How Wall Street is duping us (and how to play along)

Banks exit government bailout in time for bonus season; curious stock price slump comes as bankers prepare to receive shares as compensation

By Anthony Mirhaydari Dec 14, 2009 4:10PM

MirhaydariBanking giants like Goldman Sachs (GS), Citigroup (C), and Bank of America (BAC) are exiting the government's $700 billion financial bailout program and repaying their obligations to taxpayers. Is this being done out of a sense of patriotic duty? Or perhaps the timing coincides with a clear improvement in business? Or maybe these moves are in the best interest of shareholders?

 

Call me cynical, but the motivation seems clear. With end-of-year bonus season fast approaching, the Wall Street banks don't want Uncle Sam messing with their fat paychecks. They also don't want to be labeled a "bad bank" by keeping the bailout money for fear of losing market position. This is part of the reason Bank of America has had trouble finding a new CEO. Expect those that have yet to repay, such as Wells Fargo (WFC), to quickly follow suit.

 

On 60 Minutes Sunday night, President Obama cut down the "fat cat bankers" and said he would have a "serious talk" with them concerning reform of the regulatory system. Sure, the Wall Street types didn't mind government handholding when they stared into the abyss last fall. But with the capital markets functioning again and stocks buoyant, the bankers want to get back to what they do best: Making lots of money without explaining themselves to populist politicians or an enraged electorate.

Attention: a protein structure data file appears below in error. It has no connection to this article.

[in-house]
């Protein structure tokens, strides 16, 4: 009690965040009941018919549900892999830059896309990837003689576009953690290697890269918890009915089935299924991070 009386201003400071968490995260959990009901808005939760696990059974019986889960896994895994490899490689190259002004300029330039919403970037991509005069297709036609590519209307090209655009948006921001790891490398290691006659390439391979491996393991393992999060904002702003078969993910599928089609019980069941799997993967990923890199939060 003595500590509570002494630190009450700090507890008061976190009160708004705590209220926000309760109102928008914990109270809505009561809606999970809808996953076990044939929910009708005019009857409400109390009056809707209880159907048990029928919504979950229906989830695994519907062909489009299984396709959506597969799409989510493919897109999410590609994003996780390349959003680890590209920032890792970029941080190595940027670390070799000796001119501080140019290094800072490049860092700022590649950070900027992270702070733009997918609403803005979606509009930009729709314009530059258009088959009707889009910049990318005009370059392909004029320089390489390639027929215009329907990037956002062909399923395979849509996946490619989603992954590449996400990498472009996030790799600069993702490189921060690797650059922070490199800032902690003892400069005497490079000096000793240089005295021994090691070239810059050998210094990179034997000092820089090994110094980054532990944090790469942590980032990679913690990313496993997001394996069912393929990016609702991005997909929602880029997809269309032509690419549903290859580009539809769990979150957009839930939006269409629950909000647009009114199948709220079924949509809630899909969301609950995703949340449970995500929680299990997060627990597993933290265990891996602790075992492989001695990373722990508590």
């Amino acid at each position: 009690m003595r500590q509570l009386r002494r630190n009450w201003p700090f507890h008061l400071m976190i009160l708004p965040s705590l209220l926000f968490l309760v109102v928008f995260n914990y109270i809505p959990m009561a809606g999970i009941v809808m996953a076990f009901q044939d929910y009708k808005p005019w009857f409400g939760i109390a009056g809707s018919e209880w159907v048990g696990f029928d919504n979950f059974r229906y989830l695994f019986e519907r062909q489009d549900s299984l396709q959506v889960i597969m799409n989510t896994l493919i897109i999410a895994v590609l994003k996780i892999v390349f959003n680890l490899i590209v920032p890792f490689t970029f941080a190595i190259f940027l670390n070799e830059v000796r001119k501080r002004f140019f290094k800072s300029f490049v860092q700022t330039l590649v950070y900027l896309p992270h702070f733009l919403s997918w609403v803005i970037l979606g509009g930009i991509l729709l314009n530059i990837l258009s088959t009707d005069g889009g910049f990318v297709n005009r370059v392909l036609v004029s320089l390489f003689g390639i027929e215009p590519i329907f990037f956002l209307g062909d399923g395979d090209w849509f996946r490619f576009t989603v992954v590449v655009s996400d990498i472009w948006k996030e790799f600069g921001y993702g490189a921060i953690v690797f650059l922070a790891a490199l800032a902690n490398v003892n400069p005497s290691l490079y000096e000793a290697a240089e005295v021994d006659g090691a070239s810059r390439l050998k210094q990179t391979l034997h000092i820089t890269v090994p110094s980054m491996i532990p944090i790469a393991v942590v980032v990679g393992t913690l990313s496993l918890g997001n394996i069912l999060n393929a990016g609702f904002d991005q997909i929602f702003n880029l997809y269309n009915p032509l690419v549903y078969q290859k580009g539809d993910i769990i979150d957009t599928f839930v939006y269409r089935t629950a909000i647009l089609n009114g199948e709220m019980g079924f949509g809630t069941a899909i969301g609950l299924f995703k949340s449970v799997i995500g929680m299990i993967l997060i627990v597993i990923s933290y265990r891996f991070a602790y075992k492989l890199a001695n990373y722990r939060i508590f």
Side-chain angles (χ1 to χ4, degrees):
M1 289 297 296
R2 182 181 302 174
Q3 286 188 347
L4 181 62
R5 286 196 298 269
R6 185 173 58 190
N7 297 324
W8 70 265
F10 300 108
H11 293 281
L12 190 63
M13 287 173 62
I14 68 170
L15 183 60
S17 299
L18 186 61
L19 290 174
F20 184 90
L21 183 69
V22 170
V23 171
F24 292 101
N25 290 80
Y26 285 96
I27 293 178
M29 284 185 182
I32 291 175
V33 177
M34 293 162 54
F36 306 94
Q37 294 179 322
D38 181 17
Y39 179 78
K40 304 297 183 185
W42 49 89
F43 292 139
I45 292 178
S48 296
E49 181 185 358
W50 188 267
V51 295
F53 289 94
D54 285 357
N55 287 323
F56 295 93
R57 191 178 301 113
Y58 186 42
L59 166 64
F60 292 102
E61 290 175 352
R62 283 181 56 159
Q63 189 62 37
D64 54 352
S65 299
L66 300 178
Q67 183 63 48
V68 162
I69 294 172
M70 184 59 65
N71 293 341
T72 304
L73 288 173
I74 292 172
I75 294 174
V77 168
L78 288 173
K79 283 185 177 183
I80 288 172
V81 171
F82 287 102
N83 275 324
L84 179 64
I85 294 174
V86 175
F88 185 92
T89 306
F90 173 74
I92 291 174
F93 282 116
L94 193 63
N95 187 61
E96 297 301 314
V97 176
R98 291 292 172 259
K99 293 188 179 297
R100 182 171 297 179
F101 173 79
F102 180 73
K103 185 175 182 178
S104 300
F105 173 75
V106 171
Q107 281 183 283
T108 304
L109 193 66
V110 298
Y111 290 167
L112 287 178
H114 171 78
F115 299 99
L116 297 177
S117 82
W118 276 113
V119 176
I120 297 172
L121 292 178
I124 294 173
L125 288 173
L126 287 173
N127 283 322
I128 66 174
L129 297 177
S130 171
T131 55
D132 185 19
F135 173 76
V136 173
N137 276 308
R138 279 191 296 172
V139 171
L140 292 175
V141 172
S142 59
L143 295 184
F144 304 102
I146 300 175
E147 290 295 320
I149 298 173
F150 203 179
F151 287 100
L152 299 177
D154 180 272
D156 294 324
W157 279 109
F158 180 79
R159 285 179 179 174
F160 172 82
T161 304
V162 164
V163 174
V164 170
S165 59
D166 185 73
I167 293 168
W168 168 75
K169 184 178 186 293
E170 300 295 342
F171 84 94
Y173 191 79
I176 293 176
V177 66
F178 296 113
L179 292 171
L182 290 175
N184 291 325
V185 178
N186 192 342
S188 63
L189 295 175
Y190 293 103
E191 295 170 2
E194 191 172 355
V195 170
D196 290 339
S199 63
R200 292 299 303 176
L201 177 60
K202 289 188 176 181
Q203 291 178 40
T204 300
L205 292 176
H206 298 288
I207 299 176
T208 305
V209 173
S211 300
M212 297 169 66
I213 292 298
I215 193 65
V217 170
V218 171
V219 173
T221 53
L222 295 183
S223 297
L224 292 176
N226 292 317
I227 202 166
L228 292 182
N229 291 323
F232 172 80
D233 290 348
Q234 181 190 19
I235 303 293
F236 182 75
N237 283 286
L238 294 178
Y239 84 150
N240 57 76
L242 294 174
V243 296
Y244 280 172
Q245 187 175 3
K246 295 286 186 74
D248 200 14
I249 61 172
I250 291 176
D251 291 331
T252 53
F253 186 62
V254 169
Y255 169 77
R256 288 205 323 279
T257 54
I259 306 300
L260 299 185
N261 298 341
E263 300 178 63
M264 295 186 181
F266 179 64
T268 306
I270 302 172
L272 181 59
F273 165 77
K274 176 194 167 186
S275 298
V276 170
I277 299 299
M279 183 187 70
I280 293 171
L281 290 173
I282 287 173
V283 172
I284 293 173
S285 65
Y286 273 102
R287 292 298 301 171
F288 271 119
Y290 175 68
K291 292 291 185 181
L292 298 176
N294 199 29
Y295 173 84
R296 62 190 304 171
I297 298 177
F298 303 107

Performance

 

Shareholders aren't faring much better. Fear of share dilution as the banks sell new shares to pay off the government has weighed on the sector. Citigroup is selling $17 billion in common stock. Bank of America is selling $19 billion. JP Morgan (JPM) sold $5 billion back in June.

 

This has contributed to dismal performance of the financial sector. Bank stocks, as represented by the Financial Sector SPDR (XLF), have gone nowhere since August 10. In comparison, the Dow Industrials have gained 12%. Heavy equipment maker Caterpillar (CAT) is up 23%.

 

This has been more than odd considering everyone in banking has described the current situation as one of the most profitable of all time as the credit market roars back to life, government debt issuance skyrockets, M&A activity picks up, and equity markets soar. It's clear that the banks have allowed their shares to slump as they prepare to be paid in stock instead of cash. If you had the ability to drive down the shares of stock that you were about to receive, wouldn't you do it? It's pure evil genius.

 

Goldman

 

Once those bonuses have been paid and the prices recorded, you can bet that the prices of these shares will start to levitate, as if by magic. My guess is that this will happen at the start of the New Year, or late in December.

 

I've already started building a position in Goldman Sachs for my portfolio at Wall Street Survivor. There seems to be some support at $160 -- a level that provided support in 2007 and 2008. Also, shares look oversold on the daily and weekly charts with the stochastic indicator at levels that have been associated with price troughs. Stay tuned for trading updates.

 

Disclosure: The author does not own or control a position in any of the funds or companies mentioned.

 

Anthony Mirhaydari is a researcher for the Strategic Advantage investment newsletter. He can be contacted at anthony.mirhaydari@live.com. Feel free to comment below.

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